Last Saturday was a gorgeous sunny day signalling the start of spring. Well! What better time for train ride to explore a new destination?! I alighted at Rochester Station, met my mate Ms R and headed off for a walk about. What the Dickens did we get up to you ask? We stayed near Rochester’s high street. Ms R and I went café crawling along the cobbled streets, chit chatted, spotted Dickens references, as well as, stopping by local attractions.

A Brief History of Rochester

According the Society of Rochester, there is evidence that there was a settlement in the area known as Rochester, before Roman occupation of Britain in AD43:

The Romans almost certainly built the first bridge and fortified the town, which became known as Durobrivae – ‘The Stronghold by the Bridge’. The first Christian church in Rochester was established in AD604 and Justus, a contemporary of St Augustine, was appointed its first Bishop. The Norman’s recognised Rochester’s strategic importance and a castle was built here soon after William’s Conquest of 1066. The city received its first charter, from King Richard I, in 1190.’

Through the centuries, many of Kings and Queens of England have visited Rochester. One of many other notable visitors was English painter and social critic, William Hogarth. He stayed at the Crown in 1732. While and residents include Dickens (who grow up in Chatham and lived in Gad’s Hill Place) Today, Rochester is administered by Medway Council, a unitary authority created in 1998 which includes also include Strood, Chatham, Gillingham and Rainham and several other rural parishes.

river medway

Rochester Cafe Life

Locals say Rochester is on its way to becoming the coffee capital of Kent. There are 30 cafes  in less than a third of a mile. You can even have a tipple in your hot chocolate, or as part of your cream tea experience. At The Rochester Coffee Co  I had a Bailey’s hot chocolate. While at Crepe and Co  I opted for a prosecco with a savoury crepe. Mind you there are quite a few beer gardens as well, if you are after a place to watch footy and hang out with mates.

Rochester serves up not just food but an experience. It cherishes its quirkiness and that’s what visitors love about the city. My plan in to return as the weather warms up further. I’ve got my eyes are on Fleur de The café https://www.fleurdethe.co.uk/. It’s a cutesy dainty café on the high street, think glitzy chandeliers, floral bouquets and cakes.

Things to See Near to Rochester High Street

Truth be told, I did more than eat and drink. It’s said that Rochester has the most references to Dickens outside of London! I’m pretty sure that’s true, in all my explorations to date, I’ve never been to a place with a reference to Charles Dickens at what seemed to be almost every other establishment.

Restoration House

I walked up the hill to Restoration House also known as Satis House, because it inspired Dickens’ for Miss Havisham’s home in the book Great Expectations. At the time of our visit, it was closed but will reopens from May to visitors. Entry fees apply.

Restoration House

The Vines

Opposite Restoration House is an entrance to a small park and garden, The Vines. The Grade II listed gardens were used by monks in the medieval times to cultivate vines. It is ideal for picnics and you cannot miss the wooden sculpted books in ode to Dickens, himself. While, the avenue is bordered by London Plane trees. However, there are other open public spaces that are further way from the city centre with play areas and attractions for children.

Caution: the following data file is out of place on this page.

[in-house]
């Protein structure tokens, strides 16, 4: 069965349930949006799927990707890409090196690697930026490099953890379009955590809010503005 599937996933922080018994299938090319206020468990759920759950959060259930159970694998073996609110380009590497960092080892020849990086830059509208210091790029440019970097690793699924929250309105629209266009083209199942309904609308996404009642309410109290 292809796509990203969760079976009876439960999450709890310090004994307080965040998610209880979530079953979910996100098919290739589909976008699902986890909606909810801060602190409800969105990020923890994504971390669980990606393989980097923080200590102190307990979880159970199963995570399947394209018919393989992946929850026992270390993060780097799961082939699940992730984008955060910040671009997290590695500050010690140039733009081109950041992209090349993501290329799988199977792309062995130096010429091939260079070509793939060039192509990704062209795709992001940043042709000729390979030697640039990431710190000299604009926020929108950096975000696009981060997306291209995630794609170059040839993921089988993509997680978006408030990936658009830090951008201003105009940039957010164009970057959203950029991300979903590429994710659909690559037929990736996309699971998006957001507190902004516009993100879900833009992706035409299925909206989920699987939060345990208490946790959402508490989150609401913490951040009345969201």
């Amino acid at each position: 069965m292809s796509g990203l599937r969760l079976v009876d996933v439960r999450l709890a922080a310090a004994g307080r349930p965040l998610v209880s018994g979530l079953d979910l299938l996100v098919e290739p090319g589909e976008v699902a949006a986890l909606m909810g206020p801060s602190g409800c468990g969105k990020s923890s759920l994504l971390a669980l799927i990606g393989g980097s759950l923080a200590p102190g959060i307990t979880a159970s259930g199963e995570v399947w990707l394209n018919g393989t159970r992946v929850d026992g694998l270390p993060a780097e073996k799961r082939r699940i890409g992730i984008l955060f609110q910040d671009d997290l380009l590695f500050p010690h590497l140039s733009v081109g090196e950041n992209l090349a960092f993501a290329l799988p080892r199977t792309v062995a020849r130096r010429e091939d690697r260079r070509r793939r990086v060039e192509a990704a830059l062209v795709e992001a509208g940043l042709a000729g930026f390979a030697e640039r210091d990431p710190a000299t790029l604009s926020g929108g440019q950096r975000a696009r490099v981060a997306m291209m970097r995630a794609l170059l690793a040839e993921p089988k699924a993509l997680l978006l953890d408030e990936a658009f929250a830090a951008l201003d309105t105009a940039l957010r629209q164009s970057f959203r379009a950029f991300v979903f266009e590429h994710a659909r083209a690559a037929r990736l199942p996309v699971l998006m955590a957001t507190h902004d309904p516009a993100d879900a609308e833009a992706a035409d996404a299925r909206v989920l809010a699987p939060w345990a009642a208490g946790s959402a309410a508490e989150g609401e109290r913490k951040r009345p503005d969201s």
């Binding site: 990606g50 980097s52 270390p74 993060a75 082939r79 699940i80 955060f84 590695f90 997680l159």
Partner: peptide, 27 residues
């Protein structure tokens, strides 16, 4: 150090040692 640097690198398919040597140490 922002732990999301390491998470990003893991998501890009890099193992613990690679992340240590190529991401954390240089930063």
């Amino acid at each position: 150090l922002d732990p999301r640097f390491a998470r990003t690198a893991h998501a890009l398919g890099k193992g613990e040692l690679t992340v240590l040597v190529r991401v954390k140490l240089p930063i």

Rochester Cathedral

We also passed by Rochester Cathedral but didn’t go inside. The cathedral was founded in AD 604  by Bishop Justus. It’s England’s second oldest cathedra. The present building dates back to the work of the French Monk Bishop Gundulf in 1083. The Norman architecture of the nave, parts of the crypt, as well as one of the finest Romanesque facades in England.

Opening hours:  10AM – 4PM MONDAY – SATURDAY and from 1PM – 3PM SUNDAY. There is access for wheelchairs through the North door into the Nave. There are WCs for people with disabilities in the Cathedral (by the South Door).

The Vines

Rochester Castle

From the cathedral we meandered over to the bastion that is Rochester Castle. The castle looks out onto the River Medway. No doubt was an impression stronghold protecting against invaders in it’s heyday. 1127 by William of Corbeil, Archbishop of Canterbury, with the encouragement of Henry I.

The Huguenot Museum

Rochester is also home to The Huguenot Museum which is the first and only museum of Huguenot history in Britain. It’s currently closed until further notice due to lack of funding which is a shame because it’s the first major building you see on crossing the street from the station. 50 000 Huguenots settled in England. They came over from France between 1670 to 1710. Interesting Fact: 1 in 6 English people have Huguenot ancestry. I hope that their doors open again to share the stories of Britain’s first war refugees.

Shopping on Rochester High Street

You are spoilt for choice when it comes to independent shops, boutiques and antiques shops. Personally, I do love a charity shop hall, and there are a few on the Rochester’s high street. The ones that caught my eyes where:

What’s your favourite city or village in Kent? Where would you recommend a visit. Comment below I would love to hear from you. To read about the other places we have visited in Kent CLICK HERE.  

IOW

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